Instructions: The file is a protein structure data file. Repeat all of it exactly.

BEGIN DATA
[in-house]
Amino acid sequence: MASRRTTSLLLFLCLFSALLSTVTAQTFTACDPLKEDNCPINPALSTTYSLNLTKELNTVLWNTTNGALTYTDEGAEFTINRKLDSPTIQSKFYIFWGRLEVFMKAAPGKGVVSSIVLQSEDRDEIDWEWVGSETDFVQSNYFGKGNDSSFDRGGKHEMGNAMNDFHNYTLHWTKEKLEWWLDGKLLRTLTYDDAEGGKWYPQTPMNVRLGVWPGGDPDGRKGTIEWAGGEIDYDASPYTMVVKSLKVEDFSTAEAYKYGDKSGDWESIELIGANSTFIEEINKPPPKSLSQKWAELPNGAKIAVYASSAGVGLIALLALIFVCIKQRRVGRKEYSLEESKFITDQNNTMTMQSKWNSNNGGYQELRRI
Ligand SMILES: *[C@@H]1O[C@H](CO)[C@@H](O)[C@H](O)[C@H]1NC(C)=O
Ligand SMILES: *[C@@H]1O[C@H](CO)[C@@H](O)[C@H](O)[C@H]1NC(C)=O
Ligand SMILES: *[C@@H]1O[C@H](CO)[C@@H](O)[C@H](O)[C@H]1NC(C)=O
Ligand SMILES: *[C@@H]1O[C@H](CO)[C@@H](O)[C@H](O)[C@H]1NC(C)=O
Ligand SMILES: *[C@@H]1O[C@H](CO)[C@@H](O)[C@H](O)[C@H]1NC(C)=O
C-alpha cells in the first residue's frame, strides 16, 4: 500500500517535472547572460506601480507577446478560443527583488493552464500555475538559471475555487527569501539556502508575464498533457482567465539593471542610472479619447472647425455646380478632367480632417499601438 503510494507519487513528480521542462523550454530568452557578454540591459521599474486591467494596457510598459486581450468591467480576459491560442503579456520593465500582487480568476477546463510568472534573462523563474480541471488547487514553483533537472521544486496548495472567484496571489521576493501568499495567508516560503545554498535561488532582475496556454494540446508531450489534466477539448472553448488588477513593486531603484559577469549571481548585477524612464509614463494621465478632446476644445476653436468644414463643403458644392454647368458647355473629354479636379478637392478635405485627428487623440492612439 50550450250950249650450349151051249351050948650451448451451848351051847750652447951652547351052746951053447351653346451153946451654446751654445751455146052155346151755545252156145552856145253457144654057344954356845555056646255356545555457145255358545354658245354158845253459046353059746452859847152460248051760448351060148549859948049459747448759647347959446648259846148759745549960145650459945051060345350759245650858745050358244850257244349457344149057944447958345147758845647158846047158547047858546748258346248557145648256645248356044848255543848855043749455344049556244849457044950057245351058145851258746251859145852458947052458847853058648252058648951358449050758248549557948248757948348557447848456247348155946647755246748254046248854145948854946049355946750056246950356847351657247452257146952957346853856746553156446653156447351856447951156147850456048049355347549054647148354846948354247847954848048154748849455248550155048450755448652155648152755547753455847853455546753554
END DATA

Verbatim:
[in-house]
Amino acid sequence: MASRRTTSLLLFLCLFSALLSTVTAQTFTACDPLKEDNCPINPALSTTYSLNLTKELNTVLWNTTNGALTYTDEGAEFTINRKLDSPTIQSKFYIFWGRLEVFMKAAPGKGVVSSIVLQSEDRDEIDWEWVGSETDFVQSNYFGKGNDSSFDRGGKHEMGNAMNDFHNYTLHWTKEKLEWWLDGKLLRTLTYDDAEGGKWYPQTPMNVRLGVWPGGDPDGRKGTIEWAGGEIDYDASPYTMVVKSLKVEDFSTAEAYKYGDKSGDWESIELIGANSTFIEEINKPPPKSLSQKWAELPNGAKIAVYASSAGVGLIALLALIFVCIKQRRVGRKEYSLEESKFITDQNNTMTMQSKWNSNNGGYQELRRI
Ligand SMILES: *[C@@H]1O[C@H](CO)[C@@H](O)[C@H](O)[C@H]1NC(C)=O
Ligand SMILES: *[C@@H]1O[C@H](CO)[C@@H](O)[C@H](O)[C@H]1NC(C)=O
Ligand SMILES: *[C@@H]1O[C@H](CO)[C@@H](O)[C@H](O)[C@H]1NC(C)=O
Ligand SMILES: *[C@@H]1O[C@H](CO)[C@@H](O)[C@H](O)[C@H]1NC(C)=O
Ligand SMILES: *[C@@H]1O[C@H](CO)[C@@H](O)[C@H](O)[C@H]1NC(C)=O
C-alpha cells in the first residue's frame, strides 16, 4: 500500500517535472547572460506601480507577446478560443527583488493552464500555475538559471475555487527569501539556502508575464498533457482567465539593471542610472479619447472647425455646380478632367480632417499601438 503510494507519487513528480521542462523550454530568452557578454540591459521599474486591467494596457510598459486581450468591467480576459491560442503579456520593465500582487480568476477546463510568472534573462523563474480541471488547487514553483533537472521544486496548495472567484496571489521576493501568499495567508516560503545554498535561488532582475496556454494540446508531450489534466477539448472553448488588477513593486531603484559577469549571481548585477524612464509614463494621465478632446476644445476653436468644414463643403458644392454647368458647355473629354479636379478637392478635405485627428487623440492612439 50550450250950249650450349151051249351050948650451448451451848351051847750652447951652547351052746951053447351653346451153946451654446751654445751455146052155346151755545252156145552856145253457144654057344954356845555056646255356545555457145255358545354658245354158845253459046353059746452859847152460248051760448351060148549859948049459747448759647347959446648259846148759745549960145650459945051060345350759245650858745050358244850257244349457344149057944447958345147758845647158846047158547047858546748258346248557145648256645248356044848255543848855043749455344049556244849457044950057245351058145851258746251859145852458947052458847853058648252058648951358449050758248549557948248757948348557447848456247348155946647755246748254046248854145948854946049355946750056246950356847351657247452257146952957346853856746553156446653156447351856447951156147850456048049355347549054647148354846948354247847954848048154748849455248550155048450755448652155648152755547753455847853455546753554